After protesting yesterday that he wasn’t allowed to testify on the local war claims bill, Congressman Michael San Nicolas was allowed to testify via telephone in today’s public hearing on Bill 181-35.
In his testimony, San Nicolas warned that if “new variables” are added at this time, his H.R. 1365 which is now before the U.S. Senate may be adversely affected.
“This changes the tenor of how everyone is perceiving things. If the local government begins making payments on work claims, it could signal to some members of the U.S. Senate that the local government is ready to fully absorb this liability and it could cause Senate Republicans or Democrats who is a fiscal conservative on the Senate side to basically raise the question all over again as to why are we entertaining this measure when the local government is willing to fund it,” San Nicolas said.
He said he’s “very confused” as to why on one hand, the Legislature would pass a resolution endorsing H.R. 1365 and would write letters endorsing it and then turn
suddenly turn around and ignore the warning that passing Bill 181-35 could actually put all that effort at risk.
“It’s an effort to create perceptions at the expense of reality,” San Nicolas said.
Sen Amanda Shelton, who co-sponsored a resolution expressing the Guam Legislature’s support for the congressman’s efforts to provide the necessary appropriation language to make war claim payments, said there was no record of San Nicolas submitting any testimony on Bill 181-35.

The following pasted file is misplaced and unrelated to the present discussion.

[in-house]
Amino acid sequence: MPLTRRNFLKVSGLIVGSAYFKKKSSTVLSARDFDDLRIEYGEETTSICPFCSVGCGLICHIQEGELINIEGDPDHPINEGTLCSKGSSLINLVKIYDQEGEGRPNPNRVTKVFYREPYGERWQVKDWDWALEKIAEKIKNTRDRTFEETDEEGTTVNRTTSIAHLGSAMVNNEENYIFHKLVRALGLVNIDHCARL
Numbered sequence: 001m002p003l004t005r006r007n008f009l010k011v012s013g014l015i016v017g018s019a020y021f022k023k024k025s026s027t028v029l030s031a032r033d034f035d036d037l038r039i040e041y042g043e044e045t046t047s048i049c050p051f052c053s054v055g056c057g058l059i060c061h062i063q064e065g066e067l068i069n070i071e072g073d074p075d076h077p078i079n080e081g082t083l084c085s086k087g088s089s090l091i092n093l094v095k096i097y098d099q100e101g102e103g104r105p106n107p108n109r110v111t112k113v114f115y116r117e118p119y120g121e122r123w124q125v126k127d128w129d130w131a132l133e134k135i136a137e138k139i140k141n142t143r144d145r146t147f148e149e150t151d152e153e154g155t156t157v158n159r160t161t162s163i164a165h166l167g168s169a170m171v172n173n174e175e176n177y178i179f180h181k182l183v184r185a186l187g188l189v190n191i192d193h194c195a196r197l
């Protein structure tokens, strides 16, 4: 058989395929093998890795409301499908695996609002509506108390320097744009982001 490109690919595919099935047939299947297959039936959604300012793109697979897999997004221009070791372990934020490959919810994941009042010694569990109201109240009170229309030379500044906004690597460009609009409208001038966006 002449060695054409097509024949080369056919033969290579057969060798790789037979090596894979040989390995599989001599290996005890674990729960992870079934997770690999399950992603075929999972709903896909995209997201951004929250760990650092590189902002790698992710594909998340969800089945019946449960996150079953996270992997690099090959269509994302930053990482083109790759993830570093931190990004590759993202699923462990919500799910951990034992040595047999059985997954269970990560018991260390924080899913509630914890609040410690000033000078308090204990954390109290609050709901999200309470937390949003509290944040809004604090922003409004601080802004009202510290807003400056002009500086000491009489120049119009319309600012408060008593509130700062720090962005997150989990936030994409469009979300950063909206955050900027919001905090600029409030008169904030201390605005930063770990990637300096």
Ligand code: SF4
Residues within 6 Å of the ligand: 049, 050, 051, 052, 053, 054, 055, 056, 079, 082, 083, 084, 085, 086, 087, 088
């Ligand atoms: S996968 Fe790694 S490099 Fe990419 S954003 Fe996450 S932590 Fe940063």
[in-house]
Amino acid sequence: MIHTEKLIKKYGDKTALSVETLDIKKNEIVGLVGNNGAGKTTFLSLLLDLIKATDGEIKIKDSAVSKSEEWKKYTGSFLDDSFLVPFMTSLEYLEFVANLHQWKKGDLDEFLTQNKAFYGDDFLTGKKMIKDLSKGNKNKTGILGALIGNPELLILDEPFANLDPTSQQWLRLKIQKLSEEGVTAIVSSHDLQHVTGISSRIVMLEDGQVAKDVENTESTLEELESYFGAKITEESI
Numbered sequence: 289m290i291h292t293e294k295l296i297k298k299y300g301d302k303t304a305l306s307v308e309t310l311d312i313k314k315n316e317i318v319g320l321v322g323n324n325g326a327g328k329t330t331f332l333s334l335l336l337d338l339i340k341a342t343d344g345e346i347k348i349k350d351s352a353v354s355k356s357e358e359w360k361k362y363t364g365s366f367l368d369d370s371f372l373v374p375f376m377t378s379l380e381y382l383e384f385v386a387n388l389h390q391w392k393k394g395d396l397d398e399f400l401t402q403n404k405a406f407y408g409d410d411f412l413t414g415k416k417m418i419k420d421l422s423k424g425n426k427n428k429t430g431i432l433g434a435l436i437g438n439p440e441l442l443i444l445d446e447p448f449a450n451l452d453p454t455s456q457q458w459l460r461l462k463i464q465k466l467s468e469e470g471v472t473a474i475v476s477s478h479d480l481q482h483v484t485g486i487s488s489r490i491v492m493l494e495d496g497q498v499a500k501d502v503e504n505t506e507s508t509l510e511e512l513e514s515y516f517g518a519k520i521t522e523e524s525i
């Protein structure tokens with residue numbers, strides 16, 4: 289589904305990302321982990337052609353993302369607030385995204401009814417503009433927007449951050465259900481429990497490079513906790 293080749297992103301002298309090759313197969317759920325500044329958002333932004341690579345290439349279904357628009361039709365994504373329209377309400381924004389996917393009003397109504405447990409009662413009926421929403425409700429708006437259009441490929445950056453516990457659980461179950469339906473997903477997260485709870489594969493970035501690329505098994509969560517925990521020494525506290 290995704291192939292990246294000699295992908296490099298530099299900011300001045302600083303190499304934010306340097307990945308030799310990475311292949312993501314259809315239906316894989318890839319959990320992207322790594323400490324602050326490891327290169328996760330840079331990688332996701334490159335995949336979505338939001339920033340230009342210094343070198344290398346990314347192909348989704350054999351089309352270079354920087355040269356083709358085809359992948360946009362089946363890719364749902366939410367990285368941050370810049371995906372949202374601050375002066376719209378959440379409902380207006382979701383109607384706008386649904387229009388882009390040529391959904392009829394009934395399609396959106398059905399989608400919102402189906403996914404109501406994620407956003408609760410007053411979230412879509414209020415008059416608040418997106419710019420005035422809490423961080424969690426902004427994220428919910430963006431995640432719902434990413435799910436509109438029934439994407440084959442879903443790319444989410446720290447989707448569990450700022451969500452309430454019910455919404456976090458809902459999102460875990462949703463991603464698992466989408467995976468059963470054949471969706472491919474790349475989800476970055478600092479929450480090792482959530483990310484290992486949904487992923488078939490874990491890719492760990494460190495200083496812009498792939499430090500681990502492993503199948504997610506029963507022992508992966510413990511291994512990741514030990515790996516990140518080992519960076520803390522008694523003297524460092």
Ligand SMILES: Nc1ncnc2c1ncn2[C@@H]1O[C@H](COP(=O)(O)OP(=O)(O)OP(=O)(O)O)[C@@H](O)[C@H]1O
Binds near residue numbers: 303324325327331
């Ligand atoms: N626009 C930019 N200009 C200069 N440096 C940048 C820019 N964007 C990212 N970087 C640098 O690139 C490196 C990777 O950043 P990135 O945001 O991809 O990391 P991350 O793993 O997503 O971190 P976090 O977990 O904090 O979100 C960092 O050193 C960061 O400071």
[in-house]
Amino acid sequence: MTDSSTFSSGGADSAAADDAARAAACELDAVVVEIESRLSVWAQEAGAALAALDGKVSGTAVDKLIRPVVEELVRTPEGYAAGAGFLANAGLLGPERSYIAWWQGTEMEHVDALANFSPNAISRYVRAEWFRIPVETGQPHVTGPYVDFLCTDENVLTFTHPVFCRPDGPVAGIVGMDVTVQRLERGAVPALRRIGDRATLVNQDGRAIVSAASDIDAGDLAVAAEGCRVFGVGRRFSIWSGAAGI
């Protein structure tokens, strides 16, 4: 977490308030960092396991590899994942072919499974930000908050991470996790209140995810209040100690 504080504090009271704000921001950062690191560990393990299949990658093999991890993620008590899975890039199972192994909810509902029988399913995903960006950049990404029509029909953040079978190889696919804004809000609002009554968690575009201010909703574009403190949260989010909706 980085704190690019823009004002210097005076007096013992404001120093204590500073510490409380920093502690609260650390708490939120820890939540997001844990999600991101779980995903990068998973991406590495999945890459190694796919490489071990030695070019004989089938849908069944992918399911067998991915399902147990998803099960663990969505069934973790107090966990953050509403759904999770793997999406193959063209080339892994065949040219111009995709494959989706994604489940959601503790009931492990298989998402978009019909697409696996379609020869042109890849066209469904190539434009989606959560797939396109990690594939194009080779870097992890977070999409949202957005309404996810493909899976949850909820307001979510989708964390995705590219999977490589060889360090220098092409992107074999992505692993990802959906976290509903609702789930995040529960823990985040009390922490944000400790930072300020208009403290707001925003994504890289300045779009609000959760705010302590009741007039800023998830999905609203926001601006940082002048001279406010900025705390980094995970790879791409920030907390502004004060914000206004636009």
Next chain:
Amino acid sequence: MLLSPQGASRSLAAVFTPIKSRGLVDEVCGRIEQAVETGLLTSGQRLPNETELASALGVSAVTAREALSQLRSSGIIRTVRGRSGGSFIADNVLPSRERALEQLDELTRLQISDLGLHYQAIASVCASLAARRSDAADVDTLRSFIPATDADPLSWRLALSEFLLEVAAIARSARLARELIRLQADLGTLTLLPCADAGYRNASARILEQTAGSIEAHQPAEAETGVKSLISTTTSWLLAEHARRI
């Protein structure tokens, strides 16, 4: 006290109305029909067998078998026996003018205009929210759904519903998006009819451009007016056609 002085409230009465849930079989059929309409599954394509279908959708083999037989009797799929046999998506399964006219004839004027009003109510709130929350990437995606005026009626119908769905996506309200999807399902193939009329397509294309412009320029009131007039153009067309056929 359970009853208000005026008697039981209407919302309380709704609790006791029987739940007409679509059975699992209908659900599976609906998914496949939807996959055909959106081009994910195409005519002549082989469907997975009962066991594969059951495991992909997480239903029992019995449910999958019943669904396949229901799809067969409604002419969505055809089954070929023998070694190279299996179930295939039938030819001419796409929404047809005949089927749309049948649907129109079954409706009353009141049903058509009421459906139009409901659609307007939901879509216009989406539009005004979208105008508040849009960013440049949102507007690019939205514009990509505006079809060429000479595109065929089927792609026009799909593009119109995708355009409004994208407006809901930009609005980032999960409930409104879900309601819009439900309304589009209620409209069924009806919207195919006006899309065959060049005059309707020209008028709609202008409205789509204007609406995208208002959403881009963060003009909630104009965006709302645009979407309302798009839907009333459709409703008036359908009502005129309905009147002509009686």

“This is the first time I’m hearing your views on this on the record and so I would like to reiterate that that Resolution 36-35 was a resolution we passed in support of both an administrative fix and a congressional fix so that was the position that this body took to support any way that we could bring resolution to this,” the senator said.
In response, the congressman said he has been very consistent about saying that H.R. 1365 is the best avenue forward for Guam’s war claims.
“I’m very consistent in saying we shouldn’t move anything forward on the local side unless we have it in writing from the federal government that the local effort that’s being proposed is something that’s going to be followed by the federal government because there’s nothing in writing even to this very day. There’s nothing in writing from the federal government saying that they’re going to follow through with a lot of the expectations of Bill 181-35,” San Nicolas said.
He added: “In all of the testimony so far on Bill 181-35, as far as I know, everyone is saying that for everything to come full circle and to work out, H.R. 1365 needs to pass. So why are we creating a new risk to H.R. 1365 by introducing Bill 181-35 that’s dependent on H.R. 1365?”